|By Scott Wyman, Sun Sentinel, Fort
Lauderdale, Fla.McClatchy-Tribune Regional News
March 24, 2010 - --The owners of the Diplomat suffered a setback Tuesday in plans to redevelop their underused golf course in Hallandale Beach by adding a hotel and almost 1,000 residences.
The project, one of the largest developments proposed locally during the recession, failed to win enough support from Broward County commissioners for a needed zoning change.
Commissioners largely favored saving the golf course and building a hotel, but were divided over the extensive residential construction.
Tuesday's commission meeting ended in a 4-4 tie.
Developers plan to try again in mid-April, when all nine commissioners are expected to be present.
"The hotel is a key component, but the whole project needs to be done as one in order to be feasible," said Mark Kukulski, general manager of the Westin Diplomat as well as the Diplomat Golf Resort & Spa.
At a cost of at least $500 million, the plans for the Diplomat Golf Resort & Spa include a 500-room resort hotel, 950 residences and 3,000 square feet of commercial space around the 18-hole golf course.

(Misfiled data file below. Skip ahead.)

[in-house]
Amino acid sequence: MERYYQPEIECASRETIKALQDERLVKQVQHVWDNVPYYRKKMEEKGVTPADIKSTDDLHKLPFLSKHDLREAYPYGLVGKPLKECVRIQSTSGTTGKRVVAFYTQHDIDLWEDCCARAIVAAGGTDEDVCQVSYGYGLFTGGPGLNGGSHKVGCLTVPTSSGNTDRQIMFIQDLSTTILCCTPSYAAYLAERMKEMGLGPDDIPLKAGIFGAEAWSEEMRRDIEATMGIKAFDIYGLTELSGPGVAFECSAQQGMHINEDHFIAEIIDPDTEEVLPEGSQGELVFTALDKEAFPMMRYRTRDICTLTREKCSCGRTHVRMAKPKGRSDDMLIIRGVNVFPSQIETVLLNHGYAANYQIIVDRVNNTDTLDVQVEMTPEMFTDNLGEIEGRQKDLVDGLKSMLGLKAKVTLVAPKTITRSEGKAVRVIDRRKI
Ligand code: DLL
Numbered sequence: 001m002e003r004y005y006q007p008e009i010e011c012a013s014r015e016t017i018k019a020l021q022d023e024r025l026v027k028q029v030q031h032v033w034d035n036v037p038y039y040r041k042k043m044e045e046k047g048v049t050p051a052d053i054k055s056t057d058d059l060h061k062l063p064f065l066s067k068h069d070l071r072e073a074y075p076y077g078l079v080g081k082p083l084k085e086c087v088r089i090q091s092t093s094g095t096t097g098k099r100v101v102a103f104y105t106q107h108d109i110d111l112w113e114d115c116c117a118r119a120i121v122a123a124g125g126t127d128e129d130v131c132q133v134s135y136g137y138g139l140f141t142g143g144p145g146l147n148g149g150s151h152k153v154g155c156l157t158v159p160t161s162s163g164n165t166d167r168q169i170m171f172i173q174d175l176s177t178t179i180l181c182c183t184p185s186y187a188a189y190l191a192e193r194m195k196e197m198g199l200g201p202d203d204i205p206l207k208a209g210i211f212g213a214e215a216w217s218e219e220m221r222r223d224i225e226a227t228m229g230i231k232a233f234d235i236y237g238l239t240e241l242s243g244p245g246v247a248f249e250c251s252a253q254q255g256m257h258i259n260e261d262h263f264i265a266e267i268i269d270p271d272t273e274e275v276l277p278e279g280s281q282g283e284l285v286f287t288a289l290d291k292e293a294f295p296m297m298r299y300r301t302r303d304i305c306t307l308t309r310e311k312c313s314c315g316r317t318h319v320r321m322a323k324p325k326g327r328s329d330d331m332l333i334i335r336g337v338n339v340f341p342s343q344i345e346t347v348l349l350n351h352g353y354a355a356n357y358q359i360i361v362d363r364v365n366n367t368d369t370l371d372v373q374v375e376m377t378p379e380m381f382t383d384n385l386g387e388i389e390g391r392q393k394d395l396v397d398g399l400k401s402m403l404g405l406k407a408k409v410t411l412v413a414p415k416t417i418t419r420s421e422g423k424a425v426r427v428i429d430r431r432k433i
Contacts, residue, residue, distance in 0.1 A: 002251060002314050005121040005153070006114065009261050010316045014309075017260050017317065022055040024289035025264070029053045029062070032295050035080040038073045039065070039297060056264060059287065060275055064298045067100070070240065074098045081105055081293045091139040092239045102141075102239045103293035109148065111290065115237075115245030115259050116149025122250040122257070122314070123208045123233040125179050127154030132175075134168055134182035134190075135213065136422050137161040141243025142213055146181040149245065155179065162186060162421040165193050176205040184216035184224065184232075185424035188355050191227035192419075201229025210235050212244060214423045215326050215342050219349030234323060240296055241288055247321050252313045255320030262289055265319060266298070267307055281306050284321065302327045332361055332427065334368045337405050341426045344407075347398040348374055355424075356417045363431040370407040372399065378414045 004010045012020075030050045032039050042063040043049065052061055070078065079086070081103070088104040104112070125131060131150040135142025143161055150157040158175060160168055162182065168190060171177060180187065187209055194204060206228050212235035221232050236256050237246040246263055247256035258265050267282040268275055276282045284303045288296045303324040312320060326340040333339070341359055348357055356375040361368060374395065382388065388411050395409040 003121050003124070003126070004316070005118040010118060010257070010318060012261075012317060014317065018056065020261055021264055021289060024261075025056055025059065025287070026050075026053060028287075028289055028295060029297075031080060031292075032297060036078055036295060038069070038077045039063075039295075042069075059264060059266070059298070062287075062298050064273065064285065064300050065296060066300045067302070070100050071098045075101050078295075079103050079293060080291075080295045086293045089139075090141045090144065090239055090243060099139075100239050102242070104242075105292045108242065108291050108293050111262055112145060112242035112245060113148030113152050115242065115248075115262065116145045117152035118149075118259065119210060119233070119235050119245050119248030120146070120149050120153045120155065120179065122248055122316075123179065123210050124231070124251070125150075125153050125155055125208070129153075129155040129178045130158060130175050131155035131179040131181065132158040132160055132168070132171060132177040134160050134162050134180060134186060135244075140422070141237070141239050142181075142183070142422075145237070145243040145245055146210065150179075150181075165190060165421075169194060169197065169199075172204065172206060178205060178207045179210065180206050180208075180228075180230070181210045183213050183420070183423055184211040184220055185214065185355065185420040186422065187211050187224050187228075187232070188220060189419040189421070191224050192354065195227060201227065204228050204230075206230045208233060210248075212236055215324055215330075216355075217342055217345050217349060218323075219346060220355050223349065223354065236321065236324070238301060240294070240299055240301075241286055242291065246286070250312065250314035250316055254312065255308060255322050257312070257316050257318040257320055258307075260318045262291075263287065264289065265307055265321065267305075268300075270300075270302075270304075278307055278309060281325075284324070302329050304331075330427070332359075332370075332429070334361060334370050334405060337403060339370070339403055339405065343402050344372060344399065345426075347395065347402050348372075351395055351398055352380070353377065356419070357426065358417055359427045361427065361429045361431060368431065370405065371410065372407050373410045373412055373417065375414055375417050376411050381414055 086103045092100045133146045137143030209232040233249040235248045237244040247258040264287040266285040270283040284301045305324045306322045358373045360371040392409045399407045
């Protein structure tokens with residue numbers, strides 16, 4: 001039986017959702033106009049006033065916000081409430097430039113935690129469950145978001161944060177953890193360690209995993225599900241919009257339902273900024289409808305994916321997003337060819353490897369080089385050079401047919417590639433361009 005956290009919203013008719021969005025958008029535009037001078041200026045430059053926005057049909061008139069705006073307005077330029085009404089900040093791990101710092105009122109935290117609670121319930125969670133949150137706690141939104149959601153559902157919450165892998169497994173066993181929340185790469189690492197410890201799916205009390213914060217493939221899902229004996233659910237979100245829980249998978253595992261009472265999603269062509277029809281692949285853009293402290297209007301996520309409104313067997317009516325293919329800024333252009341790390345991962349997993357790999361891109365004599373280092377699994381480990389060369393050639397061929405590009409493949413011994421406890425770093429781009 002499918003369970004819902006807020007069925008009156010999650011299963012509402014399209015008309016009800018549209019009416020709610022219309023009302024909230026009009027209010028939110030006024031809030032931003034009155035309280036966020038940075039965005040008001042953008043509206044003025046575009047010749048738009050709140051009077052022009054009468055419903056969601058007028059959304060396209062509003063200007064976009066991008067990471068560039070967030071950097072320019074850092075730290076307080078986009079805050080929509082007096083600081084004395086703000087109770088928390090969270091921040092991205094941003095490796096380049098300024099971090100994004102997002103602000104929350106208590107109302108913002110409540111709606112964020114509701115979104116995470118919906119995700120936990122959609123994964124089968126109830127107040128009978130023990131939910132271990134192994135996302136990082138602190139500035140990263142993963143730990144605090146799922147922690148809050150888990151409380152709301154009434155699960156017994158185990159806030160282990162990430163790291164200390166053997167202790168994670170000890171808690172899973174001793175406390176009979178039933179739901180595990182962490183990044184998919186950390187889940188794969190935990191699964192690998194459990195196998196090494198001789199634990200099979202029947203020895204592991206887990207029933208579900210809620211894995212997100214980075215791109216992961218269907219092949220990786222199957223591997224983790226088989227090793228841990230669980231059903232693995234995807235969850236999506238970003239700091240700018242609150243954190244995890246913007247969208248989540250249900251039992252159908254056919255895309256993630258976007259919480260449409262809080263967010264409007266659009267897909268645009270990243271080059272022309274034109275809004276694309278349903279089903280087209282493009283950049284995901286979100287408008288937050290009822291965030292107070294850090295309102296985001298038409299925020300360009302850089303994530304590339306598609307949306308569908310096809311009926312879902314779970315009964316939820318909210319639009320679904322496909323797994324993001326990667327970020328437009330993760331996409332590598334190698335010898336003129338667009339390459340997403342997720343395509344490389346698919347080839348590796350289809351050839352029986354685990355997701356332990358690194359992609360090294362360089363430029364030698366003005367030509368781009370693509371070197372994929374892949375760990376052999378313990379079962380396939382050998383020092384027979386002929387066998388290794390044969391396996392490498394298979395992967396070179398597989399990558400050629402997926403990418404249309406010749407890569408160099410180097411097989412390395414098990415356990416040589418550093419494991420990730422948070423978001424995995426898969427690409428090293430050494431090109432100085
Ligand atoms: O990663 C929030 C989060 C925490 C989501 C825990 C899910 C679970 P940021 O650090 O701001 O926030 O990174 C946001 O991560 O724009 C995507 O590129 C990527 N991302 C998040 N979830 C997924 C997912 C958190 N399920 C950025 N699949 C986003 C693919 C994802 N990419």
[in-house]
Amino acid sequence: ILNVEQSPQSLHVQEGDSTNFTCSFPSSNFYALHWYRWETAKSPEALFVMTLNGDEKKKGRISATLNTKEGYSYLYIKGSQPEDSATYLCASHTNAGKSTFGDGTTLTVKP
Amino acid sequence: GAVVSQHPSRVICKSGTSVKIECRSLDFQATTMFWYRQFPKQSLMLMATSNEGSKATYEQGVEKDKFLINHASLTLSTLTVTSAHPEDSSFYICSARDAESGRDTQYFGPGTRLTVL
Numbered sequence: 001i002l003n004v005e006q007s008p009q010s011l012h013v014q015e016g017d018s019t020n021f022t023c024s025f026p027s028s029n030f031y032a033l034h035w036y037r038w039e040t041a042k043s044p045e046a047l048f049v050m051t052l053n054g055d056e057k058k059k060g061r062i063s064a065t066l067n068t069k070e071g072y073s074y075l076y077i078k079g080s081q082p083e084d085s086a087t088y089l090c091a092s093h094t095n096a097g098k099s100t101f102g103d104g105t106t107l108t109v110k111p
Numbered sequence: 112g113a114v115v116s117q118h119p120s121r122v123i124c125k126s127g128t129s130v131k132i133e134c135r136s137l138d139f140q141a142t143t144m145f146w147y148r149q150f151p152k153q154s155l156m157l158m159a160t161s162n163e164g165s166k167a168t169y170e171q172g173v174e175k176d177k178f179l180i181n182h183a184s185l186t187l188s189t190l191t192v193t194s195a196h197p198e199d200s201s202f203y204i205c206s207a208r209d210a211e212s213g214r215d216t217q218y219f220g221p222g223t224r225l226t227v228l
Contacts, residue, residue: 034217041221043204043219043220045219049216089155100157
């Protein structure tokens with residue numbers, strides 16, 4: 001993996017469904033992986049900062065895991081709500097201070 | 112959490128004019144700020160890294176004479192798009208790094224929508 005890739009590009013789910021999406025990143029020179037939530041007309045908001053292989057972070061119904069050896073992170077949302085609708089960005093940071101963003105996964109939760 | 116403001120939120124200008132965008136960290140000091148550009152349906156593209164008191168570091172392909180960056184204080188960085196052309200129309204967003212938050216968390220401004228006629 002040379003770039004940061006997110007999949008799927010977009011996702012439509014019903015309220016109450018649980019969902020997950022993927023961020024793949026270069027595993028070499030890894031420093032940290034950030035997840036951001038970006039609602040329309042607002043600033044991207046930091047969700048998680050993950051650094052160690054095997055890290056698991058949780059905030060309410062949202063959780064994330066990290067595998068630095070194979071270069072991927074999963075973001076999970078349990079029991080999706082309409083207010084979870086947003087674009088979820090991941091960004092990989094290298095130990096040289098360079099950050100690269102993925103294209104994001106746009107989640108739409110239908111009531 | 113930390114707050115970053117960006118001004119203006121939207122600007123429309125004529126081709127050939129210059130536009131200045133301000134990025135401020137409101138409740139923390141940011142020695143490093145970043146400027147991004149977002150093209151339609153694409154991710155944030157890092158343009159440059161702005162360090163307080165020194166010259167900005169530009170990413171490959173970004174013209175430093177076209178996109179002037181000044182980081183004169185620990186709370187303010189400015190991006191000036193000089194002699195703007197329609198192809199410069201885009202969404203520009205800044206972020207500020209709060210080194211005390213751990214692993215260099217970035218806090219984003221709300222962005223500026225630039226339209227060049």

Along with the Westin Diplomat, the resort is owned by the Plumbers & Pipefitters National Pension Fund. The resort serves mainly as an overflow for the beachside Westin Diplomat and has only 60 hotel rooms.
Diplomat executives have said that slowing demand for golf and the limited number of hotel and residential units directly linked to the resort have made it increasingly less profitable and in need of redevelopment.
Nearby residents, though, have complained the project would increase traffic and overshadow their homes with a high-rise condo building.
They also fear the new residences will glut a weak real estate market since more than 2,000 other units have been approved but not yet built in Hallandale Beach.
In hopes of winning commission support, Diplomat executives compromised on the condo part of the project shortly before Tuesday's meeting. They initially wanted a 27-story condo building on the northern edge of the property but scaled it back to five stories.
Mayor Ken Keechl and Commissioners Lois Wexler, Suzanne Gunzburger and Kristin Jacobs voted against the project. Commissioners Diana Wasserman-Rubin, John Rodstrom, Stacy Ritter and Al Jones favored it. Commissioner Ilene Lieberman was absent.
Scott Wyman can be reached at swyman@SunSentinel.com or 954-356-4511.
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